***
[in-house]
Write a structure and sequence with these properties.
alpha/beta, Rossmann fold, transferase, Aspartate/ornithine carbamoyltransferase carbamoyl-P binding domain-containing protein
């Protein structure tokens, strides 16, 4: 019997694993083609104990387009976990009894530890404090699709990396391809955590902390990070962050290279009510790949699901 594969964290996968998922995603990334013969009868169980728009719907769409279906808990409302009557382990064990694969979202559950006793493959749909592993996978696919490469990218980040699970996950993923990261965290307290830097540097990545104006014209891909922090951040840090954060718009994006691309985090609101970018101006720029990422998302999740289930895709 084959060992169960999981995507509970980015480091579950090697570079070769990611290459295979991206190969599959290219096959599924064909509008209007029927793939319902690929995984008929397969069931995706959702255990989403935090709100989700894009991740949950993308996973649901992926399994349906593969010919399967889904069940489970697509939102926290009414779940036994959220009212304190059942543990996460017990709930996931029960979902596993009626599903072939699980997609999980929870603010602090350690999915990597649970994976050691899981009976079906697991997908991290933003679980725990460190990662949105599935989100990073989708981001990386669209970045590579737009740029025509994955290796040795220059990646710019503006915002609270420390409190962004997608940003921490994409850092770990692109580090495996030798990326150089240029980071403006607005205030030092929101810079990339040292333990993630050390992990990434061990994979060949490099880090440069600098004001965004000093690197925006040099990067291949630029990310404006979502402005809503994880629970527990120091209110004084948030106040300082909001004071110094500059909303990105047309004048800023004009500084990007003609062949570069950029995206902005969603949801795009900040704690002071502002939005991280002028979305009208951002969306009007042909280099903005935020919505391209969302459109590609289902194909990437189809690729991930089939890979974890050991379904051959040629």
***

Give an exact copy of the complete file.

[in-house]
Write a structure and sequence with these properties.
alpha/beta, Rossmann fold, transferase, Aspartate/ornithine carbamoyltransferase carbamoyl-P binding domain-containing protein
């Protein structure tokens, strides 16, 4: 019997694993083609104990387009976990009894530890404090699709990396391809955590902390990070962050290279009510790949699901 594969964290996968998922995603990334013969009868169980728009719907769409279906808990409302009557382990064990694969979202559950006793493959749909592993996978696919490469990218980040699970996950993923990261965290307290830097540097990545104006014209891909922090951040840090954060718009994006691309985090609101970018101006720029990422998302999740289930895709 084959060992169960999981995507509970980015480091579950090697570079070769990611290459295979991206190969599959290219096959599924064909509008209007029927793939319902690929995984008929397969069931995706959702255990989403935090709100989700894009991740949950993308996973649901992926399994349906593969010919399967889904069940489970697509939102926290009414779940036994959220009212304190059942543990996460017990709930996931029960979902596993009626599903072939699980997609999980929870603010602090350690999915990597649970994976050691899981009976079906697991997908991290933003679980725990460190990662949105599935989100990073989708981001990386669209970045590579737009740029025509994955290796040795220059990646710019503006915002609270420390409190962004997608940003921490994409850092770990692109580090495996030798990326150089240029980071403006607005205030030092929101810079990339040292333990993630050390992990990434061990994979060949490099880090440069600098004001965004000093690197925006040099990067291949630029990310404006979502402005809503994880629970527990120091209110004084948030106040300082909001004071110094500059909303990105047309004048800023004009500084990007003609062949570069950029995206902005969603949801795009900040704690002071502002939005991280002028979305009208951002969306009007042909280099903005935020919505391209969302459109590609289902194909990437189809690729991930089939890979974890050991379904051959040629």